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Trump's Cabinet Taking Shape With High Level Picks

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President-elect Donald Trump is working around the clock to lay the foundation for his administration.

Trump announced Friday that he plans to nominate Sen. Jeff Sessions, R-Ala., as attorney general and Rep. Mike Pompeo, R-Kan., as CIA director, the first selections to his cabinet as his transition continues to build momentum.

Former Massachusetts Gov. Mitt Romney, the 2012 GOP candidate for president, is also reportedly being considered for a cabinet position.

Sources on the president-elect's transition team say Romney is under consideration for a top cabinet position in the Trump administration.

The past relationship between the two men has been less than diplomatic.

"Think of Donald Trump's personal qualities: the bullying, the greed, the showing off, the misogyny, the absurd third grade theatrics," Romney said during the campaign.

"Mitt Romney's made a total fool of himself," Trump responded. "Did you ever see a guy like this? He had his shot. He had his shot. He didn't like it when I said he choked like a dog. He choked like a dog."

Trump is offering former military intelligence chief Michael Flynn the position of national security advisor. It's unclear whether Flynn, a retired army general, has accepted the job.

Flynn was a fierce critic of President Barack Obama's military and foreign policy long before he began advising Trump on national security issues during the campaign.

The American Center for Law and Justice (ACLJ) said today the selection of Sessions and Pompeo reveal that President-elect Trump is dedicated to elevating "excellent leaders" to key positions within his Administration.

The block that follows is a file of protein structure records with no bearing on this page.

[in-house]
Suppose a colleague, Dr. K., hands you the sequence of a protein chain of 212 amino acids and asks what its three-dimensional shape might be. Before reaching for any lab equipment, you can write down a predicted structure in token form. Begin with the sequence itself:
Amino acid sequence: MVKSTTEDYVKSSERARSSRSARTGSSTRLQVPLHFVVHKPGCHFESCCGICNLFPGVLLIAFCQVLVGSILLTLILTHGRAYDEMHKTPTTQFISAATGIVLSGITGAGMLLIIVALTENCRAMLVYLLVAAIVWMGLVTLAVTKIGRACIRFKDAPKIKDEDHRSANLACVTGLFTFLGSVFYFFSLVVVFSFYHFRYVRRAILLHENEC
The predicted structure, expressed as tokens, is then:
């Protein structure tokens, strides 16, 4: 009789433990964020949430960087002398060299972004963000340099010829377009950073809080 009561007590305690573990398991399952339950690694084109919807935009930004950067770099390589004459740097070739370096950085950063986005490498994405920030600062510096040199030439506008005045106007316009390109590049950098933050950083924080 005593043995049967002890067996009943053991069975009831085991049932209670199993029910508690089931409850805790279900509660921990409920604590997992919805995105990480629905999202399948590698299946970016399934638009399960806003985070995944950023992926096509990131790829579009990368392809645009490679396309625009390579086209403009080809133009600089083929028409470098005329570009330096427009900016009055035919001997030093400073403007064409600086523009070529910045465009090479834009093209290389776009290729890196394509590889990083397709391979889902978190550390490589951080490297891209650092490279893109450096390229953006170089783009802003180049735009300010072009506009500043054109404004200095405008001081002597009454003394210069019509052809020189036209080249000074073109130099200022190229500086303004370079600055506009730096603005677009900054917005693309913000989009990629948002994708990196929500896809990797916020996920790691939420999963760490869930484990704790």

“These choices are fantastic. Both are excellent leaders who will help set the tone for a Trump Administration that is serious about upholding the Constitution and the rule of law while elevating our intelligence capabilities at a time when our country is facing grave danger from terrorists,” said Jay Sekulow, Chief Counsel of the ACLJ.  “As Attorney General, Sen. Sessions will bring stability and credibility back to a troubled Justice Department under the Obama Administration. Sen. Sessions has the knowledge, leadership, and capability to restore the institutional credibility at the Justice Department."

Despite media criticism that the Trump transition team is in "chaos" and "disarray," President Obama's former senior advisor, David Axelrod, defended the incoming president from unfair press coverage as he transitions into the White House.

"Lots of reasons to be concerned about @realdonaldtrump transition, but the pace of the announcements isn't one of them," Axelrod tweeted. "That's not a fair shot."

He continued, "We hadn't made any major appointments at this point in 2008. I don't remember being criticized for it."

Meanwhile, Vice President-elect Mike Pence asked for prayer Thursday while talking to congressional Republicans.

As he ended his comments, Pence said, "Pray for the president; pray for his family; pray for our conference and pray for the country," according to Rep. Dave Reichert of Washington.

Newly elected Republican conference Vice Chairman Doug Collins of Georgia, a pastor, got up and led the prayer.

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